06/29/2015 9:13PM

Kentucky Horse Racing Commission approves KBIF measures for out-of-state broodmares


The Kentucky Horse Racing Commission unanimously approved on Monday a series of amendments to the Kentucky Thoroughbred Breeders’ Incentive Fund, including measures to allow pregnant mares covered by a Kentucky stallion and purchased at a public auction outside of the state to nominate for the fund.

The KBIF is an incentive program for breeders who have bred their mare to a Kentucky Thoroughbred Development Fund-registered stallion and board their mare in Kentucky from first cover until foaling. Funding is generated through sales taxes paid from breeding to a Kentucky stallion, and awards are paid out through foals winning approved races in the U.S. and at Woodbine, as well as selected group stakes races worldwide.

Under the newly-approved guidelines, a special filing for the KBIF may be made if a pregnant mare is covered by an approved stallion, purchased at public auction outside of Kentucky, and is returned to the state within 14 days after the conclusion of the sale. The foal must also meet all other KBIF eligibility requirements.

However, filing under those conditions will come at a premium. A $300 fee will be charged for filings during the mare’s cover year, $1,500 during the foal’s weanling year, and $3,000 during the yearling year.

The fund already provided similar measures for pregnant mares that left the state for race training or medical reasons.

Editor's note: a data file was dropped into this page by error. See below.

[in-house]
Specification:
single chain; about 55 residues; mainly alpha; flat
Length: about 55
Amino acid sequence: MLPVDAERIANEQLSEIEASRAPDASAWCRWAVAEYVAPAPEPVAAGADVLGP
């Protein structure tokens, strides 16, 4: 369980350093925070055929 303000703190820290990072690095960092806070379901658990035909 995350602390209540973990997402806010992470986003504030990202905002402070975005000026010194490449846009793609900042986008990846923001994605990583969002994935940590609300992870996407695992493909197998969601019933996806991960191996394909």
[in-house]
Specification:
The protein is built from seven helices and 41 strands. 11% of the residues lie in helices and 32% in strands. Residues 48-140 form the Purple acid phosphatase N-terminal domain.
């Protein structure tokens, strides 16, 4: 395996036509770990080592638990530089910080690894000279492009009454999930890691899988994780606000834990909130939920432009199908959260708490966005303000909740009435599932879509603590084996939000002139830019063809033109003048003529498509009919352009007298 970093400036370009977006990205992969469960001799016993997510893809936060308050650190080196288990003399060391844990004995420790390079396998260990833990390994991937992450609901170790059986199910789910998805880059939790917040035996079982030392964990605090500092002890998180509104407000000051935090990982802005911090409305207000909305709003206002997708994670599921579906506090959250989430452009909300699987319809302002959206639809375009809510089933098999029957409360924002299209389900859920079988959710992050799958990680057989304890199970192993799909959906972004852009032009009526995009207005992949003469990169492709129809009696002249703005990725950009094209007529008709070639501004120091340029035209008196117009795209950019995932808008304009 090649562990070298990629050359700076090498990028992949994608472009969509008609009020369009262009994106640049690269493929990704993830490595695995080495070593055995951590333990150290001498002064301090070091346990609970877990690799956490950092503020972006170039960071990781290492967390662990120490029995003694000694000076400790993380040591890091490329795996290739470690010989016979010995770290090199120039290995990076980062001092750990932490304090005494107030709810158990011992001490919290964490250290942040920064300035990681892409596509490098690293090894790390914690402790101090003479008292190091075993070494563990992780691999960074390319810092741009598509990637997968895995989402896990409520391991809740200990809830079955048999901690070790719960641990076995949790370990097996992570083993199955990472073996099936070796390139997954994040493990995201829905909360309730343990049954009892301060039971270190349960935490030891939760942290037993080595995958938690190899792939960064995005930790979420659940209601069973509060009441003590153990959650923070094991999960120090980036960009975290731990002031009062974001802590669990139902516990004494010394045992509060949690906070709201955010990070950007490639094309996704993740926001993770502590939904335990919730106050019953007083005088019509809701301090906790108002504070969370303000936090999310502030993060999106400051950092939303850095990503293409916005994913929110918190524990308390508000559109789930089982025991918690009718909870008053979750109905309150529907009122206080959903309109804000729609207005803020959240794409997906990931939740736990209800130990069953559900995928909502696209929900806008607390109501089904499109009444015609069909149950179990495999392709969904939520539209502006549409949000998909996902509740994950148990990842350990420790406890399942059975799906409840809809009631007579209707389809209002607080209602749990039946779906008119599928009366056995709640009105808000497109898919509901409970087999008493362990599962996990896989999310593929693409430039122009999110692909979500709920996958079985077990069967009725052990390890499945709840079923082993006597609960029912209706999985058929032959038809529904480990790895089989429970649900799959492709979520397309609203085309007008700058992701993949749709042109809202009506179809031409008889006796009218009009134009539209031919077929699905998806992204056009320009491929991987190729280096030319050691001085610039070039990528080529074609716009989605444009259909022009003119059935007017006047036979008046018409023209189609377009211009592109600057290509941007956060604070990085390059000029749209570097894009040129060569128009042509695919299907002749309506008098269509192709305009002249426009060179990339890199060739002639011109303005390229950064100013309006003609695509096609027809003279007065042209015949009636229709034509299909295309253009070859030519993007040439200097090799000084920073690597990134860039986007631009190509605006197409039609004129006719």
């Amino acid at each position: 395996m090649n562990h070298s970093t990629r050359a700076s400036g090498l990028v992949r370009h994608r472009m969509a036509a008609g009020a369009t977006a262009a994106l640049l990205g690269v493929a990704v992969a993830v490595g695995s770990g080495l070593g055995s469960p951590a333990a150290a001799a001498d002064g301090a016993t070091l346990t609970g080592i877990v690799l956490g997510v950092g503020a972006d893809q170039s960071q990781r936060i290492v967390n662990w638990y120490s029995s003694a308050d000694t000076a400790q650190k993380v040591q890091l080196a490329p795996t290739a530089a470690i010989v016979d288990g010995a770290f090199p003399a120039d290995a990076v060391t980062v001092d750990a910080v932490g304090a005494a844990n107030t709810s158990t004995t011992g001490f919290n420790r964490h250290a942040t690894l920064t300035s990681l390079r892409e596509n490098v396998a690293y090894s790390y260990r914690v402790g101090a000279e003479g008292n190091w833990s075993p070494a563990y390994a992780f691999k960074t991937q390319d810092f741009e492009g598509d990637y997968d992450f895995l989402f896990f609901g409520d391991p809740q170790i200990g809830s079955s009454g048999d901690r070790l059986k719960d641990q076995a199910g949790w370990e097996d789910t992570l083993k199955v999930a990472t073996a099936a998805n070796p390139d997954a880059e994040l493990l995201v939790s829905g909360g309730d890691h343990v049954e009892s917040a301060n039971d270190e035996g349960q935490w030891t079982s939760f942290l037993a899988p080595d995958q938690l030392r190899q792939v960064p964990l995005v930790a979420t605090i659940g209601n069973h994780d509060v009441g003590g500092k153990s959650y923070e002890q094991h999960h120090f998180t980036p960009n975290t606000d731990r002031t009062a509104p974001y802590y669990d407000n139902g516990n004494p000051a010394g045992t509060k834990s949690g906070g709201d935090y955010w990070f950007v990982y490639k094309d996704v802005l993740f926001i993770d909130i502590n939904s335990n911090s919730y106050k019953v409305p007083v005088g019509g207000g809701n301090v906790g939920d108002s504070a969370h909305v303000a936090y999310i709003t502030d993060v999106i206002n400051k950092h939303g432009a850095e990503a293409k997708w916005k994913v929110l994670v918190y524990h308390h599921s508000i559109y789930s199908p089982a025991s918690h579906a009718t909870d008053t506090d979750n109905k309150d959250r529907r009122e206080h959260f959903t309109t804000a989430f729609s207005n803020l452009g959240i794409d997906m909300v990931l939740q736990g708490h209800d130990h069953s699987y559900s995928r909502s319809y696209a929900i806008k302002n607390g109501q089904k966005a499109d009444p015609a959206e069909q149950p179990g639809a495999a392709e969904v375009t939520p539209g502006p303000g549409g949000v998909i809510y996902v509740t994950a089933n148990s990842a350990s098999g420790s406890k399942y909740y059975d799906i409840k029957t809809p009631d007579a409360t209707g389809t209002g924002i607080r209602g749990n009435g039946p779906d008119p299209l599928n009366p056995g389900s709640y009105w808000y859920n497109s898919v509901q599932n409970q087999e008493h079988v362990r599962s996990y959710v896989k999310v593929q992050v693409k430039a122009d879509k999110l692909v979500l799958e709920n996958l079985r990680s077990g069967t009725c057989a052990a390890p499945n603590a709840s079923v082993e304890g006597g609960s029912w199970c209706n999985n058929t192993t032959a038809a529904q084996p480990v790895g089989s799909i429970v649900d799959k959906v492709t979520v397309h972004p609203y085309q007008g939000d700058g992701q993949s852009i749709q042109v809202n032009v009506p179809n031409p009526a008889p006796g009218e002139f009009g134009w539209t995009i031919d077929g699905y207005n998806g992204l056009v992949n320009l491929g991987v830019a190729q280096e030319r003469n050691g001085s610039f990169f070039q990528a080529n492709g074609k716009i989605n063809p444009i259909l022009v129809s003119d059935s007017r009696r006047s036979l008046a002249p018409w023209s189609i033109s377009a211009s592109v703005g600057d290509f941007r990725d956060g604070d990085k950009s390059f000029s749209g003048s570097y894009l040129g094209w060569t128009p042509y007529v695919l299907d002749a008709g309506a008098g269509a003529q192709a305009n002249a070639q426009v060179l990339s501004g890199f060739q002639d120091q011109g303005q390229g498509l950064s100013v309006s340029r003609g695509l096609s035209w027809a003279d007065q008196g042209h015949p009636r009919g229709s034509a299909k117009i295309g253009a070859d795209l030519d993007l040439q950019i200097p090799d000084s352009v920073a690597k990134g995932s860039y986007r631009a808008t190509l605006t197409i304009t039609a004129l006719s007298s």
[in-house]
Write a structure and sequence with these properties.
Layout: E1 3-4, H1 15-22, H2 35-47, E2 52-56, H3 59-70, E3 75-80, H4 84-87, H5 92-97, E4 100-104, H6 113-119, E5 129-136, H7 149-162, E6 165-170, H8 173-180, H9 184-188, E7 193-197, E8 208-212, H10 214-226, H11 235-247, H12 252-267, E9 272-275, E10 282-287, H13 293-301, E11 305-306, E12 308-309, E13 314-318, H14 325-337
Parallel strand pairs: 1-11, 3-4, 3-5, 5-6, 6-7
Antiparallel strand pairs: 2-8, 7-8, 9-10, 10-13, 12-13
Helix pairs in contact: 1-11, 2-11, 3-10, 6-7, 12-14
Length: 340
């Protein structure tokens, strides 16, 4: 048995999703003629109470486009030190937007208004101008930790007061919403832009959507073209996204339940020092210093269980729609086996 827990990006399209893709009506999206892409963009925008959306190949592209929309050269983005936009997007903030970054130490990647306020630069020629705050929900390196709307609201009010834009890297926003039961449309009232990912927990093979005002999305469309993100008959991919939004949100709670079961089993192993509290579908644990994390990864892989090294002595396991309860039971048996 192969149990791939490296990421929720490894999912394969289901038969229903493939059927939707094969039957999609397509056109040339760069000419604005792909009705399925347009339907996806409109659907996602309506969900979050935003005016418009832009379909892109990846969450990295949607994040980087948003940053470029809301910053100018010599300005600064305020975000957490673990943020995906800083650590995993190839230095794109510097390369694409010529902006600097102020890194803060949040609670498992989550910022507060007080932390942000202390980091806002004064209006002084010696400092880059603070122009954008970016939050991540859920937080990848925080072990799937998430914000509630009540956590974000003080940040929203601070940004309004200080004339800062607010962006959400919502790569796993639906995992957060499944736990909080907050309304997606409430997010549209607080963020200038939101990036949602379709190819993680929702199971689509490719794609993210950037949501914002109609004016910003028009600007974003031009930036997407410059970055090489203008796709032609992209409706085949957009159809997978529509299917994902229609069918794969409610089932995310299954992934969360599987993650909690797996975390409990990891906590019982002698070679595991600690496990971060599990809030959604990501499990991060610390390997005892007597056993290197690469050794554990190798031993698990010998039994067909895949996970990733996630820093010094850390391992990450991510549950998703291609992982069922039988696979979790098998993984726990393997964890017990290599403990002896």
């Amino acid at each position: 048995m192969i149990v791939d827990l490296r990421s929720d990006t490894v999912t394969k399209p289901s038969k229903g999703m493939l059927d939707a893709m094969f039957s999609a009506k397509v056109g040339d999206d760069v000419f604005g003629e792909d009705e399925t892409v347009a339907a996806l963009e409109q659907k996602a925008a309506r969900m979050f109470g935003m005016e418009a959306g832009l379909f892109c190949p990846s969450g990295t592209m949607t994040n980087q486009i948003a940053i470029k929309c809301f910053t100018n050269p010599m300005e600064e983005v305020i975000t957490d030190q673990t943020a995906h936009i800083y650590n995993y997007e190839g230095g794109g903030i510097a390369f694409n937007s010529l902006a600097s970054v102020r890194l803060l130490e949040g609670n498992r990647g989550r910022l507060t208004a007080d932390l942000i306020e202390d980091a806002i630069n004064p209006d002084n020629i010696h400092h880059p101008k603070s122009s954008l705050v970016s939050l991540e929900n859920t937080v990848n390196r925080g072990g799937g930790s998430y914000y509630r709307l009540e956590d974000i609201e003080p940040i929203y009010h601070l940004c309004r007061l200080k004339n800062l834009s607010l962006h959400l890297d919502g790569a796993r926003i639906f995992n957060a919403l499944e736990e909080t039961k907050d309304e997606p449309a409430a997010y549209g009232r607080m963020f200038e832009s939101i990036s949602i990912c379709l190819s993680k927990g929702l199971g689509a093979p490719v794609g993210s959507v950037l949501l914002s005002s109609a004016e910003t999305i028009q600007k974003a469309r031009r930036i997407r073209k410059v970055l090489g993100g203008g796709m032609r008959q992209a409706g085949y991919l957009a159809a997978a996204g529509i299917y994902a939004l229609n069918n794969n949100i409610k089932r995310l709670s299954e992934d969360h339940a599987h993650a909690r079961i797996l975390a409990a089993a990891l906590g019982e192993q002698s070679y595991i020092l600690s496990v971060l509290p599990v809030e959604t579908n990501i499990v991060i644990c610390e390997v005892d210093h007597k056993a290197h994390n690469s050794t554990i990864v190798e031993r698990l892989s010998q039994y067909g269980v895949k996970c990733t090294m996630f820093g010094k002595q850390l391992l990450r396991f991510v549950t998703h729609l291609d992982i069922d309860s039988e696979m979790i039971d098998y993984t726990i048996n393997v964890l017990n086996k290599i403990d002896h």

Prior to the board’s decision, the in-utero foals of pregnant mares that left the state to participate in auctions outside of Kentucky were not eligible for the KBIF program. This drew concerns from members of the fund’s advisory committee that the rule discouraged breeders from buying a Kentucky-covered mare and returning her to the state if sold elsewhere.

The amendment was presented with the support of industry members including Geoffrey Russell of Keeneland, Bayne Welker of Fasig-Tipton, Chauncey Morris of the Kentucky Thoroughbred Association-Kentucky Thoroughbred Owners and Breeders, and Senator Damon Thayer.

The commission also approved disciplinary measures for breeders charged or convicted of cruelty, mistreatment, abuse, or neglect of any horse.

The new language allows the KBIF to deny or revoke winner’s earnings and registration of a foal or horse, and bar the offender from participation in the fund from one to five years depending on the severity of the violation.

Any earnings or other privileges withheld during the time a breeder is charged, but not convicted, are eligible for reinstatement upon proof that the charges were dismissed and the facts forming the basis of the charge were false.